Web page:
9.3 On completion of the project, the new hereditament will be different, and the pitch should be taken out of the list because it has ceased to exist as a sole or main residence, and the newly completed dwelling banded.

9.4 Where the dwelling is a pitch for a caravan, the a new building being constructed to make a separate permanent dwelling will not fall into the definition of material increase as envisaged by the legislation. A ‘material increase’ necessitates ‘…a building engineering or other operation carried out in relation to the dwelling’ (LGFA S24(10). The works are not carried out in relation to the pitch for a caravan.

It should also be noted that the pitch will cease to be a separate chargeable dwelling immediately it ceases to be a sole residence, and should be deleted from the list.

9.5 Where a BA has granted a Class A exemption under the Exempt Dwellings Order 1992, difficulties may arise if the BA also asks for a caravan and pitch to be entered into the list, located within the curtilage of the dwelling.

The dwelling has been treated as an exempt dwelling for charging purposes, and any occupation on site is a matter for the BA to decide. The difficulty should be pointed out to the BA. It will not be appropriate to band the caravan and pitch separately unless the original property fails the hereditament test or the caravan has a defined curtilage of its own. This is because the dwelling still exists and is assumed to be in reasonable repair. A pitch occupied by the owners within the curtilage of a dwelling cannot be disaggregated because a caravan and pitch does not fit the definition of self contained unit in the Council Tax (Chargeable Dwellings) Order 1992.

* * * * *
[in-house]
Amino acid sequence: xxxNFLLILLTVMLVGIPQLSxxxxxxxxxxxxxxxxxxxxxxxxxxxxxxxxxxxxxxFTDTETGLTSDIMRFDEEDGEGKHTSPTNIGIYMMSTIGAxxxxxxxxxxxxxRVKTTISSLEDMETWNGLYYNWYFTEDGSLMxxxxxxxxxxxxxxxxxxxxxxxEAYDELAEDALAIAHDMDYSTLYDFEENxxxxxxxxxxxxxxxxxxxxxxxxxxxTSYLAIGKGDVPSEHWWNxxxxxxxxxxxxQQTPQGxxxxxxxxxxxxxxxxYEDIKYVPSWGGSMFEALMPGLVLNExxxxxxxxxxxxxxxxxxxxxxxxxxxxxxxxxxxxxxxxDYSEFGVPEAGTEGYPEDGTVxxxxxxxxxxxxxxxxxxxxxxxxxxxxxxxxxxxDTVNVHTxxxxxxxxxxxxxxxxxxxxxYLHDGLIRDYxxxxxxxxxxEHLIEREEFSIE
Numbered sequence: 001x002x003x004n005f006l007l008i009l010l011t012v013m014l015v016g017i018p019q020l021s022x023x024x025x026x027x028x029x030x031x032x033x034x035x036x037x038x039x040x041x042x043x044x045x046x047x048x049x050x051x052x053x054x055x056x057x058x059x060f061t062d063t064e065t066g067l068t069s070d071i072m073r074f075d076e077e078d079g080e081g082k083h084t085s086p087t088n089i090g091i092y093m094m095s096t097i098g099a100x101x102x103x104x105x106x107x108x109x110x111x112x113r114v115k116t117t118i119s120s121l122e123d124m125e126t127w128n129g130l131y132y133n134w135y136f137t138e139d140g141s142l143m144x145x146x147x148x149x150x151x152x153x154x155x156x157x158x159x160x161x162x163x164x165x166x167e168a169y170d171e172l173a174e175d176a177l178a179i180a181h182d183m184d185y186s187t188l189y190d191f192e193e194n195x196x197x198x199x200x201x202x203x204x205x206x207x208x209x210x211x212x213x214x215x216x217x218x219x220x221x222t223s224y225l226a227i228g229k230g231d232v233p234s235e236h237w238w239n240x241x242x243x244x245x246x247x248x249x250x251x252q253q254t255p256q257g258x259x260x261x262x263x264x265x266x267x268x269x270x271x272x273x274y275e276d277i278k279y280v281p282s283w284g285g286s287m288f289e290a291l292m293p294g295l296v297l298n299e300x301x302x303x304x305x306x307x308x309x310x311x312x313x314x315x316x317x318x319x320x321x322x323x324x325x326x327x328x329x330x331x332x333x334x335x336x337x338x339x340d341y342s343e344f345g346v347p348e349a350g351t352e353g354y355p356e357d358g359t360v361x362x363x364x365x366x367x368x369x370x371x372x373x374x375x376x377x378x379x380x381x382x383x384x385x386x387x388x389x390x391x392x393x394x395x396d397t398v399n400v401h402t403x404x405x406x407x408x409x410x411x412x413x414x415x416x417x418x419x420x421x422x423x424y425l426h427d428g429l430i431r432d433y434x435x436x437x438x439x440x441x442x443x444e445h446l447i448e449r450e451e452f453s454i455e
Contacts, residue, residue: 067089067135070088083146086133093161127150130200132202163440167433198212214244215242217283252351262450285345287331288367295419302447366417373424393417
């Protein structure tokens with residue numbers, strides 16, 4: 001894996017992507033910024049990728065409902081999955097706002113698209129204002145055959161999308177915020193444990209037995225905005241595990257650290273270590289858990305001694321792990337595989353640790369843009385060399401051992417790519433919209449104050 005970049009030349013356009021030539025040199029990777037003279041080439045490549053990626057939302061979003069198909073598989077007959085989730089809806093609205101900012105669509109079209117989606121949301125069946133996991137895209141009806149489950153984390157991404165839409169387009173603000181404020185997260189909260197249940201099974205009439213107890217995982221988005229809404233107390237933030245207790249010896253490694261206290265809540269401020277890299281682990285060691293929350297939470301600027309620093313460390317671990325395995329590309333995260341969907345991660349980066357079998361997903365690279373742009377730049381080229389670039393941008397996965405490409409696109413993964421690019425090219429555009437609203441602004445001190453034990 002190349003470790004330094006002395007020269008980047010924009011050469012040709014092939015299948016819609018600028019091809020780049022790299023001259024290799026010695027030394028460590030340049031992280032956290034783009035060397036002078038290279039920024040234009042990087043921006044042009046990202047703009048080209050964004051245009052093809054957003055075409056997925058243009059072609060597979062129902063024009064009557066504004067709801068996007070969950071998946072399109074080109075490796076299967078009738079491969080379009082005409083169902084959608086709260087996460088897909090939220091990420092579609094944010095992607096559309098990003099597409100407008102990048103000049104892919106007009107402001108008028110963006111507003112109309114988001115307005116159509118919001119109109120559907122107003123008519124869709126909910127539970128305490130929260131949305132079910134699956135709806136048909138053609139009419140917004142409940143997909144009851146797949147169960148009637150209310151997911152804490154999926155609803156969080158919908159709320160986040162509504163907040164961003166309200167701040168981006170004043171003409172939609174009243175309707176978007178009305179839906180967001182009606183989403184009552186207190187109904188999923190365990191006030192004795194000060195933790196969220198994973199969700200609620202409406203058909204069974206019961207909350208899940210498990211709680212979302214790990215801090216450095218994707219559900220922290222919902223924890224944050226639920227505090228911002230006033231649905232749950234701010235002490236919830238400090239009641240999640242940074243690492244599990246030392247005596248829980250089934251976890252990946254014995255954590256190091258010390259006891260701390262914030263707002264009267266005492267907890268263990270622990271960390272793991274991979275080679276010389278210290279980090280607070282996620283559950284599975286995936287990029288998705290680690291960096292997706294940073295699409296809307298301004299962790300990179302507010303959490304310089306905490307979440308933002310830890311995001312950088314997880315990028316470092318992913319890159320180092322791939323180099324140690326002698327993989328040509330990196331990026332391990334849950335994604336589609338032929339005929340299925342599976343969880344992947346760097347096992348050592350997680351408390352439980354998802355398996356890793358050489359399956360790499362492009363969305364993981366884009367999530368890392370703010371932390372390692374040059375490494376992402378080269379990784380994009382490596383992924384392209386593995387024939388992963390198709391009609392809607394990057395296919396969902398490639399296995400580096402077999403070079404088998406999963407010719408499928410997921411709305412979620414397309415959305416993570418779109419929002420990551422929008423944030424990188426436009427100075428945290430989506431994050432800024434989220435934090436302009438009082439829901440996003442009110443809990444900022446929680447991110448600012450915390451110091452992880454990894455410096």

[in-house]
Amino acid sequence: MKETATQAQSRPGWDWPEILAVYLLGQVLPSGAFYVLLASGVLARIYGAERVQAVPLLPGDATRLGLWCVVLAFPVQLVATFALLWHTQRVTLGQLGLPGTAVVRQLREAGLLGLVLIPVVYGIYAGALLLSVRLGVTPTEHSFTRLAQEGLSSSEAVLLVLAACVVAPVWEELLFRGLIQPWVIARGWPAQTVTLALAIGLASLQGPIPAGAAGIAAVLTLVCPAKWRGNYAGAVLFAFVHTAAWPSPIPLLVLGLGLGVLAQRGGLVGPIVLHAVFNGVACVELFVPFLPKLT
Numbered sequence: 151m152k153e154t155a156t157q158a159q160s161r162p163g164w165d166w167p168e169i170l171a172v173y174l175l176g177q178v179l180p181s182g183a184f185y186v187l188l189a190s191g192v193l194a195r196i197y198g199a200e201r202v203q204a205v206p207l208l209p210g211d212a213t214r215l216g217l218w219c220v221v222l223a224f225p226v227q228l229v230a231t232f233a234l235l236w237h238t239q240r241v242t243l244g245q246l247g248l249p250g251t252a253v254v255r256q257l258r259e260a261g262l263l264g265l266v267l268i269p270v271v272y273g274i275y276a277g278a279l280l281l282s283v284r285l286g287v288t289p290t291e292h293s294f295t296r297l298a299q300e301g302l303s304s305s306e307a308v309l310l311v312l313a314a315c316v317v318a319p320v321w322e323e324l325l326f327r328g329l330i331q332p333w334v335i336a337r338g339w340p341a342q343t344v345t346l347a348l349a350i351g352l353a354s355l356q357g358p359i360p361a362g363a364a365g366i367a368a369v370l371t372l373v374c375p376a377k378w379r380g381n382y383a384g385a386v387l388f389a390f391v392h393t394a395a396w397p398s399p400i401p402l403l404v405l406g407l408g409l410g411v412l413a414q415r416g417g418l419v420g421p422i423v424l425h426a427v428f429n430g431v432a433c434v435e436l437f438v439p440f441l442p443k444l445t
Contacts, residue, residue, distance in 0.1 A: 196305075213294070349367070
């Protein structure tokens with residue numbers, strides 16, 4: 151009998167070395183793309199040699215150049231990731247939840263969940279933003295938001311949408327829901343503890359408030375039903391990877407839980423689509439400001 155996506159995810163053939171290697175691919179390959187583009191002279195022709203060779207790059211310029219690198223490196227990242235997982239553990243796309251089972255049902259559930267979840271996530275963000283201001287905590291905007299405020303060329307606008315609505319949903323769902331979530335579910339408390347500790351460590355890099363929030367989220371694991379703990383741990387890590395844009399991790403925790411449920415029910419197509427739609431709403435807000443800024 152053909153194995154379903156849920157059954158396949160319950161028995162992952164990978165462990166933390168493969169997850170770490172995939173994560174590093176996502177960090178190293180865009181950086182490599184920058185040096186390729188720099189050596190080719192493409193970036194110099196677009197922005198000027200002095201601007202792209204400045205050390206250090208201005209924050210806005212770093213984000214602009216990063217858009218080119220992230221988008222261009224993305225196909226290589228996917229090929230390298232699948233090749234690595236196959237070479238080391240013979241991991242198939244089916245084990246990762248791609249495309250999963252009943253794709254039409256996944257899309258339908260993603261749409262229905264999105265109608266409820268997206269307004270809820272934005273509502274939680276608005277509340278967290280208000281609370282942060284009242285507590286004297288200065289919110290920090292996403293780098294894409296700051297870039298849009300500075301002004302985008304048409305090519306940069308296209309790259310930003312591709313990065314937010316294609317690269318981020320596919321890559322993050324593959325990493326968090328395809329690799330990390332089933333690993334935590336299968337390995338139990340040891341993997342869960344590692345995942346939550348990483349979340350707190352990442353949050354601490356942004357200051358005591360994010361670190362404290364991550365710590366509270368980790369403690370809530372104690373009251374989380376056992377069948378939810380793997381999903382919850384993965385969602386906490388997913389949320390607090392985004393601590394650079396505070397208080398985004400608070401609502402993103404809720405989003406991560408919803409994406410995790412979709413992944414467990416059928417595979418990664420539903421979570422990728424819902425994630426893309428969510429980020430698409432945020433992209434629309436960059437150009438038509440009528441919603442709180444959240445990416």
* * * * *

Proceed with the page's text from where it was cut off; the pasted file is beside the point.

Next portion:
Where the dwelling is judged to still exist, band reduction is precluded under regulation 3(3) of the appeals regulations . Any improvements should be treated as material increases, and await a relevant transaction before a band review is possible.

10. Basis of Valuation

10.1 The valuation of a pitch or mooring is to be made in accordance with regulation 6 (or 7 if composite) of The Council Tax (Situation and Valuation of Dwellings) Regulations 1992. The valuation will reflect the (deemed) freehold interest with vacant possession and will also include the capital value attributable to the caravan or houseboat if the two together would have formed a single hereditament for the purposes of s.115 of the General Rate Act 1967 (see 5 above).